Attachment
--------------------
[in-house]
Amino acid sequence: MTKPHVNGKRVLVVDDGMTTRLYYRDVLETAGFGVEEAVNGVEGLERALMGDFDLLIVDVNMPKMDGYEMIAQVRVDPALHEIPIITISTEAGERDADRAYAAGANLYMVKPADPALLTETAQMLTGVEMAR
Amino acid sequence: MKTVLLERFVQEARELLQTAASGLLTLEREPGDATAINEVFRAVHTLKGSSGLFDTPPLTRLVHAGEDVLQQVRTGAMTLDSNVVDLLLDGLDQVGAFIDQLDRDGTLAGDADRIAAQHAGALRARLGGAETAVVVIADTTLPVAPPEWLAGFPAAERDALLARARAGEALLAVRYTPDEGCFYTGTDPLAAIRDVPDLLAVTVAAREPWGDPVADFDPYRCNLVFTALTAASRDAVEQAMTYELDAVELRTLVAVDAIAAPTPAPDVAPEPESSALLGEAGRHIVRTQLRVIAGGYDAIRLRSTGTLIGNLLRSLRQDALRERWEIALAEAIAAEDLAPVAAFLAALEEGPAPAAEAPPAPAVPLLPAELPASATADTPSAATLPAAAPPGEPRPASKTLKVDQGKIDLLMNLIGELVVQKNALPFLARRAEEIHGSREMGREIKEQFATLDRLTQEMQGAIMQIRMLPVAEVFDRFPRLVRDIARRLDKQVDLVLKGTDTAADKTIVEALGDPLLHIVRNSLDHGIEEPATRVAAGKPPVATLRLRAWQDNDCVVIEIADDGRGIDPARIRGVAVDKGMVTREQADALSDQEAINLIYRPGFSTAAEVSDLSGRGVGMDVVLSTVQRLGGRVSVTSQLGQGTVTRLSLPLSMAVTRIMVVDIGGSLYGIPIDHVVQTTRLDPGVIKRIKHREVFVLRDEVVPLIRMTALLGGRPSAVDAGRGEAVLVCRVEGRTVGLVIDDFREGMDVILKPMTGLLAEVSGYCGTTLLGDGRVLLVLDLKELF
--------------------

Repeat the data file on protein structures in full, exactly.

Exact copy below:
[in-house]
Amino acid sequence: MTKPHVNGKRVLVVDDGMTTRLYYRDVLETAGFGVEEAVNGVEGLERALMGDFDLLIVDVNMPKMDGYEMIAQVRVDPALHEIPIITISTEAGERDADRAYAAGANLYMVKPADPALLTETAQMLTGVEMAR
Amino acid sequence: MKTVLLERFVQEARELLQTAASGLLTLEREPGDATAINEVFRAVHTLKGSSGLFDTPPLTRLVHAGEDVLQQVRTGAMTLDSNVVDLLLDGLDQVGAFIDQLDRDGTLAGDADRIAAQHAGALRARLGGAETAVVVIADTTLPVAPPEWLAGFPAAERDALLARARAGEALLAVRYTPDEGCFYTGTDPLAAIRDVPDLLAVTVAAREPWGDPVADFDPYRCNLVFTALTAASRDAVEQAMTYELDAVELRTLVAVDAIAAPTPAPDVAPEPESSALLGEAGRHIVRTQLRVIAGGYDAIRLRSTGTLIGNLLRSLRQDALRERWEIALAEAIAAEDLAPVAAFLAALEEGPAPAAEAPPAPAVPLLPAELPASATADTPSAATLPAAAPPGEPRPASKTLKVDQGKIDLLMNLIGELVVQKNALPFLARRAEEIHGSREMGREIKEQFATLDRLTQEMQGAIMQIRMLPVAEVFDRFPRLVRDIARRLDKQVDLVLKGTDTAADKTIVEALGDPLLHIVRNSLDHGIEEPATRVAAGKPPVATLRLRAWQDNDCVVIEIADDGRGIDPARIRGVAVDKGMVTREQADALSDQEAINLIYRPGFSTAAEVSDLSGRGVGMDVVLSTVQRLGGRVSVTSQLGQGTVTRLSLPLSMAVTRIMVVDIGGSLYGIPIDHVVQTTRLDPGVIKRIKHREVFVLRDEVVPLIRMTALLGGRPSAVDAGRGEAVLVCRVEGRTVGLVIDDFREGMDVILKPMTGLLAEVSGYCGTTLLGDGRVLLVLDLKELF